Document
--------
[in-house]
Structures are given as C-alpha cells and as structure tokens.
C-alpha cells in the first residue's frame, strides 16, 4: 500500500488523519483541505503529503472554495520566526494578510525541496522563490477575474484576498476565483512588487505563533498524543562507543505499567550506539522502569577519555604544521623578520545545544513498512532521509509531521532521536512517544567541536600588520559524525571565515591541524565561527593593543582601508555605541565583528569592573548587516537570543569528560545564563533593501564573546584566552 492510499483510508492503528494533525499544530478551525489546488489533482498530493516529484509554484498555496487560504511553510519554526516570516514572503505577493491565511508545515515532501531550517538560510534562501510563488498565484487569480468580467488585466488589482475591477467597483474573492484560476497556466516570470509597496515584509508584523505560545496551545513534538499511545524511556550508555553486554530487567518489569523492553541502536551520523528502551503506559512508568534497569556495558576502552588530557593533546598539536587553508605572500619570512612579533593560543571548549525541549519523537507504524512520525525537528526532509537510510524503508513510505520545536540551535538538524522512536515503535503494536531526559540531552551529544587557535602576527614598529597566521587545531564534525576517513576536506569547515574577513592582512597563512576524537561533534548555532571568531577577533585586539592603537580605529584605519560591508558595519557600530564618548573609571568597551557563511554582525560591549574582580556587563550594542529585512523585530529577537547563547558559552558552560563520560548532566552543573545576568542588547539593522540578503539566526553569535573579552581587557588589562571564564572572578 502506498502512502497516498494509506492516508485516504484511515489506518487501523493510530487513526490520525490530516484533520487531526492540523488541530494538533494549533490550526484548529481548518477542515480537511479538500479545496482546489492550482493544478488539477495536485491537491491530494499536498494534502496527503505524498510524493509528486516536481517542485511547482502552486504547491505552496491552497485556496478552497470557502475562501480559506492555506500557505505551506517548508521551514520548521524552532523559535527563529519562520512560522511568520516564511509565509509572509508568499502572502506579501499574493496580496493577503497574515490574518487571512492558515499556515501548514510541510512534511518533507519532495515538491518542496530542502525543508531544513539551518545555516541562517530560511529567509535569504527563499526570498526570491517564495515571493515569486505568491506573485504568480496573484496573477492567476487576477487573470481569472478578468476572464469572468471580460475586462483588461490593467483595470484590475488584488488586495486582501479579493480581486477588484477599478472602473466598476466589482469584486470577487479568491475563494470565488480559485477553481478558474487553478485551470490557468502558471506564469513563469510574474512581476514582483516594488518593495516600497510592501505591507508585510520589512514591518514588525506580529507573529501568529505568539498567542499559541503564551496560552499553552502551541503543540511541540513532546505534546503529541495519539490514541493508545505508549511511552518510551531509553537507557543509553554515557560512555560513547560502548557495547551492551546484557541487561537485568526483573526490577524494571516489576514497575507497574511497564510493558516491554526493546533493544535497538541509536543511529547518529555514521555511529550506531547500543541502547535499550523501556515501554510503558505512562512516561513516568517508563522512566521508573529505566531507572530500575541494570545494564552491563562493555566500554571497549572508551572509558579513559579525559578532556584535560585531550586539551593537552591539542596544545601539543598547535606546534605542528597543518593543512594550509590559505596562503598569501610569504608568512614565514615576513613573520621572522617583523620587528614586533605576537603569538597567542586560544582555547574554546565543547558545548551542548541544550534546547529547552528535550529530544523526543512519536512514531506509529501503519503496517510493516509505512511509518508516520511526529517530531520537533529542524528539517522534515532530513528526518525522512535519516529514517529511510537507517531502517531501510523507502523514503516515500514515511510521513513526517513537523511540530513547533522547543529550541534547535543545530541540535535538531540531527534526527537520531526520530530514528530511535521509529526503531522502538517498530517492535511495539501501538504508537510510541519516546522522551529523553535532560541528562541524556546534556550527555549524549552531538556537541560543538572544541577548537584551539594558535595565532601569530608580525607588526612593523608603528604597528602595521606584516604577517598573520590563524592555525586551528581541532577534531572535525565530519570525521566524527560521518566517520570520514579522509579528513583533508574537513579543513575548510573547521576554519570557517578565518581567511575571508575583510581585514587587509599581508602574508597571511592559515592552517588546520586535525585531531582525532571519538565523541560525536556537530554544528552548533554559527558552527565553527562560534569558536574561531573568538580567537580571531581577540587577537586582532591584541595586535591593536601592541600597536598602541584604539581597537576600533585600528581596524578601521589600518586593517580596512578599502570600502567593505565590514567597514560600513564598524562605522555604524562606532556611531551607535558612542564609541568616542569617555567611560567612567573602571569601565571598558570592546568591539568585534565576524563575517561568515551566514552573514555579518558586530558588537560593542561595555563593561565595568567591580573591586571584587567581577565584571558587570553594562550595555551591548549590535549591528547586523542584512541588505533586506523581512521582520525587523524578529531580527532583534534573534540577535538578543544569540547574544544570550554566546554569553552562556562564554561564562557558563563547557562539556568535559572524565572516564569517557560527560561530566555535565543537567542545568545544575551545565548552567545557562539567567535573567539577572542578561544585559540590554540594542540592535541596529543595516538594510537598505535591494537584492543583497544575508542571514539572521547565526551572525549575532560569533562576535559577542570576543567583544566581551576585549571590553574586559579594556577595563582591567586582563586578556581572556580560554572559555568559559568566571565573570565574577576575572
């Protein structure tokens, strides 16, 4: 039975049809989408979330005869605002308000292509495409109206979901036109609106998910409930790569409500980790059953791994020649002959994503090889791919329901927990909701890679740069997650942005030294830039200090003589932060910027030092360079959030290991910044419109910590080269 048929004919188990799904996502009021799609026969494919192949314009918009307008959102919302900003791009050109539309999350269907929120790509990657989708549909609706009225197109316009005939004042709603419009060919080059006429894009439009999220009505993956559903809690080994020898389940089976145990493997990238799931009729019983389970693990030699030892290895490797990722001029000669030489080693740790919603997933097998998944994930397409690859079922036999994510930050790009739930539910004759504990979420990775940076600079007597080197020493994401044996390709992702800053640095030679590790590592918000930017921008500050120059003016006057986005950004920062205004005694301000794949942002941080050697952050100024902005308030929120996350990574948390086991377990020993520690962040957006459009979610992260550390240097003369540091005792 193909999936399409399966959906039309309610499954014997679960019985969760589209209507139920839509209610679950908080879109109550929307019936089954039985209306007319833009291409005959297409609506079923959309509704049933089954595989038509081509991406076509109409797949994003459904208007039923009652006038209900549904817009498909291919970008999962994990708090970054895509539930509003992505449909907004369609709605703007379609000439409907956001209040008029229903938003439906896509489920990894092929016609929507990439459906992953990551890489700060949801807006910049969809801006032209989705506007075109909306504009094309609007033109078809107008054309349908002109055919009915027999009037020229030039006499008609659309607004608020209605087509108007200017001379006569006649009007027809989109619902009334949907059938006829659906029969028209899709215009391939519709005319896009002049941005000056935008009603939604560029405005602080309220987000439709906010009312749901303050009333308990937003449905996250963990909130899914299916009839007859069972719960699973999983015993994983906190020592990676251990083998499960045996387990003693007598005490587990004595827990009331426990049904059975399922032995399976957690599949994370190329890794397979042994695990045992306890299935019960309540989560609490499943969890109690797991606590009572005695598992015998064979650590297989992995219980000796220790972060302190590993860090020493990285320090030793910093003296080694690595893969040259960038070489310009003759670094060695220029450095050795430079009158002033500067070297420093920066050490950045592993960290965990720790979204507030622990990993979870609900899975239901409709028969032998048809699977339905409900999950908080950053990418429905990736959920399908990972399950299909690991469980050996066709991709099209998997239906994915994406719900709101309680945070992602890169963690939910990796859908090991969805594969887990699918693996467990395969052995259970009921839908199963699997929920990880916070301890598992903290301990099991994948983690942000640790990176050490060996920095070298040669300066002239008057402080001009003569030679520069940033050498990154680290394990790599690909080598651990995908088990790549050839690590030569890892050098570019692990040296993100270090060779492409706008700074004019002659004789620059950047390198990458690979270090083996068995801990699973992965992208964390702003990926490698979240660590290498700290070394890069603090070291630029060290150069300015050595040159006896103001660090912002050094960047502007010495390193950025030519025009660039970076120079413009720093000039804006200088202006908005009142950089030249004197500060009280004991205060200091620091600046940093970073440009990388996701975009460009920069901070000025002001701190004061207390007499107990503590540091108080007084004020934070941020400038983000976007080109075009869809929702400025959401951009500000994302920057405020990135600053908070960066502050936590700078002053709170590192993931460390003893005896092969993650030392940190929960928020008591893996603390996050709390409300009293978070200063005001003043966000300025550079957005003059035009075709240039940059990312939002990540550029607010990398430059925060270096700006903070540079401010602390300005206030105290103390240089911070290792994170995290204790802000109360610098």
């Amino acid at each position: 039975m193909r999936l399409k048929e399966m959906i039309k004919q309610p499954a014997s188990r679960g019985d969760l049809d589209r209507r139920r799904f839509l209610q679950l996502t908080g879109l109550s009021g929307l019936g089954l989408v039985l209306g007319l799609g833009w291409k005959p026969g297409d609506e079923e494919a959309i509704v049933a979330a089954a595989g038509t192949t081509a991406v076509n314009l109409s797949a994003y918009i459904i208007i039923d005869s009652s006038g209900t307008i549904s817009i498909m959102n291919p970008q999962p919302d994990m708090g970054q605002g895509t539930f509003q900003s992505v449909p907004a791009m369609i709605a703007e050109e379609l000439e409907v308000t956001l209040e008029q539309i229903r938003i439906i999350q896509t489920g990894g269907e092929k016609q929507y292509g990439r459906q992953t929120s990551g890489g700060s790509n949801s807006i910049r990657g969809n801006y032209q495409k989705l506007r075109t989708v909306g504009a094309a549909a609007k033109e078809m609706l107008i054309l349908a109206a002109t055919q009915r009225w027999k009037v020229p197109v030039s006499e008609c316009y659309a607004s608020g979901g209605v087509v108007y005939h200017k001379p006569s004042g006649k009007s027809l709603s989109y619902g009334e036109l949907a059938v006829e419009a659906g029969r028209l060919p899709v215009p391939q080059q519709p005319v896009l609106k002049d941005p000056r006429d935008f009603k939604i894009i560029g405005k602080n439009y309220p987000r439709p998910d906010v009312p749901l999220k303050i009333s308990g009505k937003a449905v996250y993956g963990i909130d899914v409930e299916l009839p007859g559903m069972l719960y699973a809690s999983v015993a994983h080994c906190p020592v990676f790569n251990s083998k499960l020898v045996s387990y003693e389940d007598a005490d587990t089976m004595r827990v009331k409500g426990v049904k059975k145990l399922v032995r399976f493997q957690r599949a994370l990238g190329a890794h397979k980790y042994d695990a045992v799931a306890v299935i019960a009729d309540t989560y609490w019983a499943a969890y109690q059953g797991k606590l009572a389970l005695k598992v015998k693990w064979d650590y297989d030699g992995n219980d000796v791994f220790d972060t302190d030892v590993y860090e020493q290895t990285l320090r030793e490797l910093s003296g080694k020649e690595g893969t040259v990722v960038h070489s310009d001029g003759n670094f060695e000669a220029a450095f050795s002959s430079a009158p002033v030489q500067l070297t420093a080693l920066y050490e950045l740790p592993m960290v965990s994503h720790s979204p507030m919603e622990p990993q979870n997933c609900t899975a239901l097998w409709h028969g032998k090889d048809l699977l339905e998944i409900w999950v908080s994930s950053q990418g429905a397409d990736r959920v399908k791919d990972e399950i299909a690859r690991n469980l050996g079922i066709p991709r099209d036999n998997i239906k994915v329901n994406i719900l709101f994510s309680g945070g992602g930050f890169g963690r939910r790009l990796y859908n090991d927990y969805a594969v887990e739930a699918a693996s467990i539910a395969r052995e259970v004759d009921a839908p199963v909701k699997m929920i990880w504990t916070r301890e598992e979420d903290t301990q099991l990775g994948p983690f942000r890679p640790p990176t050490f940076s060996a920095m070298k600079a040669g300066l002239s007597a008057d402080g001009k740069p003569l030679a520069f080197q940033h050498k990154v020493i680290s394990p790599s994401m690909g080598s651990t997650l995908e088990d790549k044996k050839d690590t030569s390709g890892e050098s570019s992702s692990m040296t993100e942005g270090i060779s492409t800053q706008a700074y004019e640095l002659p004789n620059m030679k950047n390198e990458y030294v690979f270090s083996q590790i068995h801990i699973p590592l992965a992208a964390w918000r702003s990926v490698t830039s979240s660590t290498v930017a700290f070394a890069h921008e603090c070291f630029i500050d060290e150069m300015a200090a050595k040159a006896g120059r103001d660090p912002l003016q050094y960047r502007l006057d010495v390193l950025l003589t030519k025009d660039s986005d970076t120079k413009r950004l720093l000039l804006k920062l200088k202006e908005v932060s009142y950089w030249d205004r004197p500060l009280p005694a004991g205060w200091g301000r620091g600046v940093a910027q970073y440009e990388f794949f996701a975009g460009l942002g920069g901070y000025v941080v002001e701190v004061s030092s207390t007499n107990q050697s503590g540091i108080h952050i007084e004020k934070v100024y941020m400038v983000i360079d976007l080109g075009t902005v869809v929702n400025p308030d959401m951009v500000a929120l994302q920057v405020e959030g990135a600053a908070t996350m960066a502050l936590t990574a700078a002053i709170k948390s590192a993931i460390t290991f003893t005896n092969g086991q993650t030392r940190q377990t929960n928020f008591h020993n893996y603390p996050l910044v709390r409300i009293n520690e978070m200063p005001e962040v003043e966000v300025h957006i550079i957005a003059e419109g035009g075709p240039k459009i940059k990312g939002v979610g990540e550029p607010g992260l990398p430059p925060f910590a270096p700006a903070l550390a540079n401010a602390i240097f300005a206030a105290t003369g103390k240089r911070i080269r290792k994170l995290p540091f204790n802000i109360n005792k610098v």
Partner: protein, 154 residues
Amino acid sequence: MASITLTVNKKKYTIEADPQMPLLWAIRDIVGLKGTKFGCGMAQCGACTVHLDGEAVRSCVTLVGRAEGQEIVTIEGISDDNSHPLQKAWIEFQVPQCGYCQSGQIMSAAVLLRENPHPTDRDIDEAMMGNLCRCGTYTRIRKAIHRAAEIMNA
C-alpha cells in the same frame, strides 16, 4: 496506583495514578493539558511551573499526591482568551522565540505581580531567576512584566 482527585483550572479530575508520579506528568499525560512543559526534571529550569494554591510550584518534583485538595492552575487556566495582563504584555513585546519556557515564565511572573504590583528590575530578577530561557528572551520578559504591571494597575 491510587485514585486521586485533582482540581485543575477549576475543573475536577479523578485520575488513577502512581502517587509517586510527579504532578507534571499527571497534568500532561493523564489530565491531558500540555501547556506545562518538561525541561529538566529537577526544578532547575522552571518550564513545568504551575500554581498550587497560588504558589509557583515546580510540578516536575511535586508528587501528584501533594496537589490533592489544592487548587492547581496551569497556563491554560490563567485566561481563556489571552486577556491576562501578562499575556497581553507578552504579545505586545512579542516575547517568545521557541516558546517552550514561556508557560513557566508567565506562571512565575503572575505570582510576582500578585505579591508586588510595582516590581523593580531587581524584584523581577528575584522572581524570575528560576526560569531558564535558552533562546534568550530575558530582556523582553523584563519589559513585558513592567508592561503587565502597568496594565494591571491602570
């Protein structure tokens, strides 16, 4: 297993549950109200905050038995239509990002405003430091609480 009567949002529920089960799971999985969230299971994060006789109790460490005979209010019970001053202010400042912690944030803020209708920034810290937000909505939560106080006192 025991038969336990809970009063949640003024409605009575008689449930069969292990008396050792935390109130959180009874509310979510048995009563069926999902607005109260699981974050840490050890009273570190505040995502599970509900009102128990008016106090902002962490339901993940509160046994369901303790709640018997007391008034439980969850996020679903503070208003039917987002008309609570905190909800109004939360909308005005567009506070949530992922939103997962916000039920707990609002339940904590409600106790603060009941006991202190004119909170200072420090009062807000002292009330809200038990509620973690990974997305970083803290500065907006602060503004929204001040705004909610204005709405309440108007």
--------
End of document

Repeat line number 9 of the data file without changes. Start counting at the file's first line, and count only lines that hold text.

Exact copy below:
């Protein structure tokens, strides 16, 4: 297993549950109200905050038995239509990002405003430091609480 009567949002529920089960799971999985969230299971994060006789109790460490005979209010019970001053202010400042912690944030803020209708920034810290937000909505939560106080006192 025991038969336990809970009063949640003024409605009575008689449930069969292990008396050792935390109130959180009874509310979510048995009563069926999902607005109260699981974050840490050890009273570190505040995502599970509900009102128990008016106090902002962490339901993940509160046994369901303790709640018997007391008034439980969850996020679903503070208003039917987002008309609570905190909800109004939360909308005005567009506070949530992922939103997962916000039920707990609002339940904590409600106790603060009941006991202190004119909170200072420090009062807000002292009330809200038990509620973690990974997305970083803290500065907006602060503004929204001040705004909610204005709405309440108007």